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LETTER: A modern day morality tale

LETTER: A modern day morality tale

Tuesday 25 May 2021

LETTER: A modern day morality tale

Tuesday 25 May 2021

Those entrusted with emergency powers for 15 months should not take liberties with the regulations they have created, writes Tim Chesney, who says the 'Gatland-gate' saga is like a "modern day morality tale".

"There was once an all powerful committee called the 'CCA' that exercised near absolute powers over the population of a small and isolated island called Guernsey. They imposed very strict Covid regulations on the people, and woe betide those who broke the rules; they were punished very severely if they did. Even end of life moments were rejected as a reason to allow a relative to visit the island.

And then one day there were rumours that a celebrity had visited the island to meet and to eat with those people who exercised the near absolute powers and with some of their advisers as well. There was shock and dismay in the little community when they heard this, and questions were asked. Have the rules been broken they cried? No, the rules were not broken said the CCA after the celebrity had left the island.

In fact these very powerful people issued a press statement to confirm that all the regulations that they themselves had created for the rest of us all to follow, were adhered to during the visit: 'this was a short visit over two days that was very tightly controlled....measures including remaining in a hotel room with room service for meals were put in place' etc.

The problem for the CCA was that the media then discovered that this statement was 'shown to be untrue' and that the rule makers had indeed been rule breakers.

The people living on the small island could not quite believe this hypocrisy because they knew that if they had done the same thing they would have faced very serious punishments and probably ended up in prison. 

Some people even dared to write to the newspapers to express their concerns and to point to the truth. One person wrote a letter under the title 'The CCA dropped the ball over 'Gatland-gate' and it took 17 days for it to be published by a newspaper called the Guernsey Press because the paper felt they must wait for the CCA to reply at the same time.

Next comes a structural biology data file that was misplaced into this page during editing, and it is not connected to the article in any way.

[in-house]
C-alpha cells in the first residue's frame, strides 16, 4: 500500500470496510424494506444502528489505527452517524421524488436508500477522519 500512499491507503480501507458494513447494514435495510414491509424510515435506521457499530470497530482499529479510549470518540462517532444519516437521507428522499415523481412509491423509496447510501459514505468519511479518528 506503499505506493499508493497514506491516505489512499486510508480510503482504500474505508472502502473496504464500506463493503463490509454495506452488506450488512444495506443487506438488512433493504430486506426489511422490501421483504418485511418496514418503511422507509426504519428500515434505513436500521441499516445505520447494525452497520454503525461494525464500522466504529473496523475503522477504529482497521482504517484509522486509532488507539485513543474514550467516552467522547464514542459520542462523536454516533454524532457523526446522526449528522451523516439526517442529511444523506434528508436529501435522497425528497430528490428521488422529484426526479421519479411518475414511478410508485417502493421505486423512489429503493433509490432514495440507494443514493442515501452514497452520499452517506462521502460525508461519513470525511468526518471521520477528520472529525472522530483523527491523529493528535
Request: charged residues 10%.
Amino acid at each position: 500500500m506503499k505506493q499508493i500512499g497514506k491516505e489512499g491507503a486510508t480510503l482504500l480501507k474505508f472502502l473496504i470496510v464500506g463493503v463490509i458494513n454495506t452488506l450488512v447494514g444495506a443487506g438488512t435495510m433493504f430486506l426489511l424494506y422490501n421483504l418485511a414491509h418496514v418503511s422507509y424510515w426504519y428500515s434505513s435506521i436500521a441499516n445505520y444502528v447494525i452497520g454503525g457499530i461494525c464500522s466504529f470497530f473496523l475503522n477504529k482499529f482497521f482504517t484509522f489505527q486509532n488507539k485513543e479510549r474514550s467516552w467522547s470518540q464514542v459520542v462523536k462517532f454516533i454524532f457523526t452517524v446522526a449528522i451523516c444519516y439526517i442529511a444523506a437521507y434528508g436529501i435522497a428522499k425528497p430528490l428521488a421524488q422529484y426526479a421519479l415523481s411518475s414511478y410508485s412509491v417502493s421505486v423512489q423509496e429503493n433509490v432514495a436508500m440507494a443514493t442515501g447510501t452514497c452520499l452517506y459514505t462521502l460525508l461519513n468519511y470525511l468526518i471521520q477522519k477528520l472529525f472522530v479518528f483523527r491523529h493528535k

Deputy Ferbrache who was very important because he was the Chairman of the CCA, replied but he ignored all the facts that had been raised in the letter. In fact his reply was defensive, and from his tone it was clear that he was very angry indeed with the naughty person who had written the letter.

Instead of addressing the issues in the letter, in his reply Deputy Ferbrache seemed to be suggesting that it was horrible and even mean to criticise the people involved in the scandal because they had 'worked so incredibly hard for more than a year and in their spare time', presumably forgetting that many other people in the community work incredibly hard every day including in their spare time and still, remarkably, abide by the rules.

He also of course seemed to forgot that when people are entrusted with near absolute powers under emergency power regulations for 15 months it behoves them to act wisely and not to take liberties with the regulations that they created, and especially liberties which have been denied to all others under the threat of considerable penalties. 

It seemed that the CCA had successfully put a lid on the story and relegated it to a sort of irritating 'non story', until Private Eye magazine picked it up. Private Eye is the UK's best-selling current affairs and satirical magazine with a readership of over 700,000, and it has a well earned reputation over 60 years for exposing abuses of power and  hypocrisy by those in authority, and doing this without fear or favour. The 'Rotten Boroughs' section of the current issue of the magazine has this to say about the CCA:

'There have been strict controls on travel to and from the island, including a bar on people who live in the UK returning to visit sick relatives or attend family funerals. This has caused much distress. Despite its authoritarian stance, the CCA has proved flexible at times. Over the Easter weekend the British and Irish Lions rugby coach, Warren Gatland, visited Guernsey ..... in answer to complaints that an exception had been made for a sporting celeb, the CCA said Gatland had been subject to strict social distancing and had taken all his meals alone in his room. Alas this was not true. It quickly emerged that starstruck local bigwigs including director of public health Dr Nicola Brink, States of Guernsey Chief Executive Paul Whitfield and CCA president Peter Ferbrache, met Gatland for lunch and dinner ... and then carried on as normal without self isolating after his departure ....out of the frying pan into the fire.'

So at the end of this morality tale those who had betrayed the trust of a little community were shown up on a national stage for what they had done, and the truth about what had really happened was exposed to a very large national audience, and they could not stop the truth from being published. Will someone resign? That is the only element that is now missing from this very modern morality tale."

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